I’m not a big fan of Eidolon against straight Azorius (you have a lot of tools to play a late-game that Eidolon occasionally mucks up, and they have a lot of three-toughness creatures to block it) and I don’t like Path very much against Bant (giving them a mana can be a disaster; this is less often the case with Azorius builds.) Neither card is catastrophic to have in your deck after sideboard but you shouldn’t be married to them, either. Eidolon should get cut on the draw regardless of the details.
If you want to improve your odds, interaction that’s instant-speed and/or one mana is critical. Grim Lavamancer has been helpful for me recently. They aren’t especially long on two toughness but it gets the ball rolling and can engage outside of combat, two key characteristics for helping against Spirits. But more than anything it is important to grind out the games, it is one of the toughest matches to play in Modern or Pioneer and there’s no substitute for feeling it out for yourself.
From Jeremy Aaranson:
I don’t play much Magic anymore, and even at my most active I’m covering maybe three tournaments every two months or so. I have a busy professional life, as well as a home and a family. I have no end of stuff to commit my energy to even if I’m not traveling for tournaments, and there isn’t some longer game to the commentary, unlike competing for events with the hope of qualifying for bigger stuff down the road.
Even with that set of circumstances, which is very different from most people attending SCGs and GPs with regularity, I am sometimes blown away by how much I miss it all. There’s something about traveling to different places while having the actual experience be pretty similar that gives a sense of structure and continuity without being repetitive. For people more actively grinding, or judges and organizers who formed a community out of that work, having that ripped out from under them was and is traumatic. I can’t imagine what it would have done to me twenty years ago.
Combine that with the broader trauma of the last year, and my biggest hope is that I can muster more resources to be more sympathetic, understanding, patient. That isn’t a call to “Paradox of Intolerance” yourself into accepting or hand-waving bad actions, but the competitive scene has always been shelter for misfits. It was for me, and maybe I could turn down a dunk or furrowed brow every now and again to make the atmosphere a bit better.
As far as the logistical stuff, I’m not sure what health and safety protocols are going to look like, what’s going to “make sense,” and all that. It’s a tricky spot because once WotC and/or SCG green-lights some big, physical events I’m sure demand will be through the roof, but I’m guessing a more gradual easing will be in order. I’m sure the organizers will get out in front of it but the planning is going to be complicated.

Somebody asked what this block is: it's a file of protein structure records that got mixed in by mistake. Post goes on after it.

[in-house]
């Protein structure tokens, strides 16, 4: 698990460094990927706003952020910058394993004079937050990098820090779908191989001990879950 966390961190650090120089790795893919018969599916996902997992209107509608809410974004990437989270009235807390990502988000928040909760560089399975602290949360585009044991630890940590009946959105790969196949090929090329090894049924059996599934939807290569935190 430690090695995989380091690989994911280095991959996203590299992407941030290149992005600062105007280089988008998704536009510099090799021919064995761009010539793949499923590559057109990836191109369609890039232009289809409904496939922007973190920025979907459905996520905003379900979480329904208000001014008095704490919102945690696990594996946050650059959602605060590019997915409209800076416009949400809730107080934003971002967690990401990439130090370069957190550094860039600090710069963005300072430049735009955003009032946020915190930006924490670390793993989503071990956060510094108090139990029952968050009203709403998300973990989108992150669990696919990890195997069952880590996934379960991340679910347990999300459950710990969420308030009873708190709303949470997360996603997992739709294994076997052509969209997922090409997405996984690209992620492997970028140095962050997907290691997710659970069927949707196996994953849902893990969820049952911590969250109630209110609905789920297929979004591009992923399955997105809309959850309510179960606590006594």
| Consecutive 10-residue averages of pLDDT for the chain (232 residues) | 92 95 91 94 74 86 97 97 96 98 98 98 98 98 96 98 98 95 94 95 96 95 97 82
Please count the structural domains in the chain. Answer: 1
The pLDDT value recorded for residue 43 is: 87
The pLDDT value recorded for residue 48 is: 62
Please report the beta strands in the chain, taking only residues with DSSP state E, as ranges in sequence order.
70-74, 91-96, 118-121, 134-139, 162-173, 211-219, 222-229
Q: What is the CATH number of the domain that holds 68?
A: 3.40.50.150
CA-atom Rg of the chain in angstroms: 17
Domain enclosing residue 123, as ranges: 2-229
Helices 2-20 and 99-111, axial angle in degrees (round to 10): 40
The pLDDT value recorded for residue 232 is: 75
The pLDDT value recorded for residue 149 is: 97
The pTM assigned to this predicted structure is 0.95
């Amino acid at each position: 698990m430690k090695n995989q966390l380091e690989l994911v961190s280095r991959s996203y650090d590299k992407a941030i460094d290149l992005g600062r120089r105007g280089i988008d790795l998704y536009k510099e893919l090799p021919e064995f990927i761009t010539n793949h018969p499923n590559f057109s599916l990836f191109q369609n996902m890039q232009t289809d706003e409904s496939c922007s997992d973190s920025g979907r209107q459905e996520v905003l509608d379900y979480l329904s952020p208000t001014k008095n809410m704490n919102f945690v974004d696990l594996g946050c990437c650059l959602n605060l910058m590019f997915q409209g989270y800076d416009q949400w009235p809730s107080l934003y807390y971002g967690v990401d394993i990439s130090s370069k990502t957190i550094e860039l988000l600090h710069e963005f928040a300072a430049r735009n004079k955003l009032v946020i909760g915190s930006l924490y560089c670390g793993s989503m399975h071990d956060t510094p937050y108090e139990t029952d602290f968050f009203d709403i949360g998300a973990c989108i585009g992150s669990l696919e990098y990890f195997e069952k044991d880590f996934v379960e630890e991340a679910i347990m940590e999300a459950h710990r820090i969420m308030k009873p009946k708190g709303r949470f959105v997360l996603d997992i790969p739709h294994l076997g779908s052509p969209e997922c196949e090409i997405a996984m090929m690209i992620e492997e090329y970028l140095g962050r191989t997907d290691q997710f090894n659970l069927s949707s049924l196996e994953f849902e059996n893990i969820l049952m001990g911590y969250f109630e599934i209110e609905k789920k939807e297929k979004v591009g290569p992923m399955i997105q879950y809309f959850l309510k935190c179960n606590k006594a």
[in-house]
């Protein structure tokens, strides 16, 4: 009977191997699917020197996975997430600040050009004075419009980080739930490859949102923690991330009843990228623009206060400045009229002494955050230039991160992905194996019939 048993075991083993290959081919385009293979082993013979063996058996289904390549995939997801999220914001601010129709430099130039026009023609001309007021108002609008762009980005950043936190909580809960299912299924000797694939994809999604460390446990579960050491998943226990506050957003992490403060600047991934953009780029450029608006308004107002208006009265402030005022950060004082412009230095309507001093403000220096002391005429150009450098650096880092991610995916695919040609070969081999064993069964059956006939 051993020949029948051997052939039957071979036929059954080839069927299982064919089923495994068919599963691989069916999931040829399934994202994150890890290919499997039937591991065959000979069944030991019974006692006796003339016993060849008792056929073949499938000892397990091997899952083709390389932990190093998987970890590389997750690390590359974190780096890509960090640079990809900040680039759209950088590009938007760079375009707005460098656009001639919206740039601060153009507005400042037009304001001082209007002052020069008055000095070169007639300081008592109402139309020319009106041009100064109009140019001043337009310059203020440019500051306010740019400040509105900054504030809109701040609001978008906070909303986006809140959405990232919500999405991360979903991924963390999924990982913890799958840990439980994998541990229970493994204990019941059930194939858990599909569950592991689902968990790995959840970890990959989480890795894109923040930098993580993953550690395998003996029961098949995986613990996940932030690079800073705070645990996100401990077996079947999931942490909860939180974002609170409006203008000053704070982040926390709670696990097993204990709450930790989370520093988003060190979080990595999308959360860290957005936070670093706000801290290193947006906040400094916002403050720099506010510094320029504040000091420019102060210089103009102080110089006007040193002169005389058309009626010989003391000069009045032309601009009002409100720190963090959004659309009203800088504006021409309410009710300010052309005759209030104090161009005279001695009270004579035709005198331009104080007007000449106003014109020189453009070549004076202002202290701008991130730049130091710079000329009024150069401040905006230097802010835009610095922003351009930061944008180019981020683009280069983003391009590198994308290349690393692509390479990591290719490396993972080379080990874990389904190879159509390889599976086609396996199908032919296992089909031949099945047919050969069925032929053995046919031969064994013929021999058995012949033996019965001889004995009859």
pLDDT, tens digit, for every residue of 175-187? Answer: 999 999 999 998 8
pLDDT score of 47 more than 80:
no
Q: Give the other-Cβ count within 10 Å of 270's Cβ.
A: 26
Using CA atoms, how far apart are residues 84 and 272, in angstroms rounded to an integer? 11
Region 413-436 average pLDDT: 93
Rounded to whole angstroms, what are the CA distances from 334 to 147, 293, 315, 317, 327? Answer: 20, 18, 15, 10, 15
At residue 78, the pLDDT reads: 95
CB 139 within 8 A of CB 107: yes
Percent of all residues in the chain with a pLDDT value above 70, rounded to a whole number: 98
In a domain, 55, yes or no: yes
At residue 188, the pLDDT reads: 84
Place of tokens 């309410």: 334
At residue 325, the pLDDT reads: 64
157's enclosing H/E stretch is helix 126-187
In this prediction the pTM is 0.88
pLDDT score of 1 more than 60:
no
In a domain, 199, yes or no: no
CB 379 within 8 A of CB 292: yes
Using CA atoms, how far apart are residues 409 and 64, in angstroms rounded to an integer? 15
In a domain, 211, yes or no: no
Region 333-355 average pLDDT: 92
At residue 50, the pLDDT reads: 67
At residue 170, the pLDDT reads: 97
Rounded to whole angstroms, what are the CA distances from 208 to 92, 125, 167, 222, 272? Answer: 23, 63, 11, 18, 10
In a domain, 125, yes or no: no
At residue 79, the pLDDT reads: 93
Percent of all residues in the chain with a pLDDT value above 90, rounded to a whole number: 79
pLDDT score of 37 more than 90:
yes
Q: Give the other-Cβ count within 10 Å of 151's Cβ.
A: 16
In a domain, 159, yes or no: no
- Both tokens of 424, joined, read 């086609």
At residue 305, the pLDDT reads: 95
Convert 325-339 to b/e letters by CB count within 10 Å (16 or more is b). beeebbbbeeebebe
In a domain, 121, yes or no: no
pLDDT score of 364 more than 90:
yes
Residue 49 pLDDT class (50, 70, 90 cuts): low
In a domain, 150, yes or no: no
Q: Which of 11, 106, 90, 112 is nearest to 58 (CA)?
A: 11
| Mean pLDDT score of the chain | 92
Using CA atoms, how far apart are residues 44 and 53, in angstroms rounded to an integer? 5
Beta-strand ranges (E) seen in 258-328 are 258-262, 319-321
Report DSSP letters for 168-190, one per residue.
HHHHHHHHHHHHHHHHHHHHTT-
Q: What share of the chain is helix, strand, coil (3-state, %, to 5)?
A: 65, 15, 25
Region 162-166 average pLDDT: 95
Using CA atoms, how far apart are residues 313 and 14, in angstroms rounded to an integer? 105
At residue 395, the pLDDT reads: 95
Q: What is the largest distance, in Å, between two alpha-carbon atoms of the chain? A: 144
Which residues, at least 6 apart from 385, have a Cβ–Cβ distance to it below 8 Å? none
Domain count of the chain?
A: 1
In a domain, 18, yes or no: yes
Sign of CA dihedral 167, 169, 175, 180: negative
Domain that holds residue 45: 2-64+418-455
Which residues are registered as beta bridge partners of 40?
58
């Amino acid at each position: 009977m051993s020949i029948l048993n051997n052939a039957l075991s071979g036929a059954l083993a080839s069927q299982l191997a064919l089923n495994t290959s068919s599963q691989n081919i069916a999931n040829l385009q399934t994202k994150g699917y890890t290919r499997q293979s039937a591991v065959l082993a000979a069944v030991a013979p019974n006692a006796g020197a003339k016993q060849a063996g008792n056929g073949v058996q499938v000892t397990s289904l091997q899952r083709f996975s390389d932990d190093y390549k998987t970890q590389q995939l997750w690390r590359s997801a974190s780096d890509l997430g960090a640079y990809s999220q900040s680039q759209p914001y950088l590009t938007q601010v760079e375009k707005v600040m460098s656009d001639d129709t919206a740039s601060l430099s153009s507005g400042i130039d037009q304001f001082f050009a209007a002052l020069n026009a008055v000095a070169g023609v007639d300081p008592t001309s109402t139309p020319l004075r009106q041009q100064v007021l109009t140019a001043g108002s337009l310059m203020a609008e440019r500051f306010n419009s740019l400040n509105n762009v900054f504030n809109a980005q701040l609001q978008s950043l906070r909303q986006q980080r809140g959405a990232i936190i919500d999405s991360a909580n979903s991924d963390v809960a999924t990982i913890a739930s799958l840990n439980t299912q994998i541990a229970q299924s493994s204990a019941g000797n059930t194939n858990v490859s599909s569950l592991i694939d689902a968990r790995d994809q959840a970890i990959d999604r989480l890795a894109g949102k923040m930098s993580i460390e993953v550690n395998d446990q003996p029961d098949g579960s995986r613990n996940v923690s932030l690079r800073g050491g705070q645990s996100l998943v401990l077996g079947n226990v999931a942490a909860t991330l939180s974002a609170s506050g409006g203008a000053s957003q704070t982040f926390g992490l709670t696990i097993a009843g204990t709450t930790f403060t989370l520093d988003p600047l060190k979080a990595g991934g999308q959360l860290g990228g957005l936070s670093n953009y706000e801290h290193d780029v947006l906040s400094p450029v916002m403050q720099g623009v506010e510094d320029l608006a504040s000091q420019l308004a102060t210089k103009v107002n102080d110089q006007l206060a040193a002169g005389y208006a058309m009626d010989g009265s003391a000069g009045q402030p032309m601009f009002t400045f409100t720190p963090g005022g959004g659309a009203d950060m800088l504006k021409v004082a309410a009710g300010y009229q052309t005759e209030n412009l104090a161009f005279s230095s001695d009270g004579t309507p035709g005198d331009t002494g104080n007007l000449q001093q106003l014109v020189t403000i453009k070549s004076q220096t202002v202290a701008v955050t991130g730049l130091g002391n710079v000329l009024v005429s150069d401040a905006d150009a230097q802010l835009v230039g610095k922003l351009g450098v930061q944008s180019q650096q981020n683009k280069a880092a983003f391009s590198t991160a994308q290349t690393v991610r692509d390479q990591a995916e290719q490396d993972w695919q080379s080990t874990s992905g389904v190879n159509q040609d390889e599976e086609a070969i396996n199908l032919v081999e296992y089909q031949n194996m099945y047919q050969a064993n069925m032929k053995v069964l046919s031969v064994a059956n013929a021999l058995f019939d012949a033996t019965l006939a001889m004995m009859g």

Lastly, the Question of the Week, from Friend of the Satchel™, Kevin Bell:
So, the question above has a paradox in it. Though your social circle reviles these products, at the minimum Walking Dead sold well. That suggest to me that what’s going on in our circles of extremely invested players isn’t representative of the whole. I’m sure some people bought the product because they buy all Magic stuff, and some people bought it because they think it’s a good investment, but there have to be some purchases made by fans of the show who otherwise would never purchase a Magic product. Maybe some of those consumers never buy anything again, but I’m sure some of them try the game out for the first time. That’s a massive win, and directly cuts against the notion that these are “existential threats.”
I think it matters that these are done well. That’s simple to say, but it’s easy for me to imagine executions that are sloppy and denigrate Magic’s rich history, and executions that allow popular IPs to have their characters, locations, and events projected on Magic’s unique tapestry, and to be woven into the greater whole. I think the quality in absolute terms, plus judiciously partnering with properties that interlock in a harmonious way, answers the question more accurately than staking a position out ahead of time.
To those of you who hate this stuff: I get it. It’s different, and in some ways it is different in a way that’s explicitly “not for you.” I’ve been around this game for over 25 years, and I’ve heard the exact same reaction to, in no particular order: the introduction of Standard (then Type II), rarity symbols on cards, foils, damage going on the stack, damage no longer going on the stack, mythic rares, and a whole host of smaller changes that maybe you like, maybe you don’t, but don’t seem to pose in insurmountable challenge for invested players to enjoy the game.
I think Magic is likely to outlive me and no game stands the test of time like that without changing, sometimes in dramatic ways.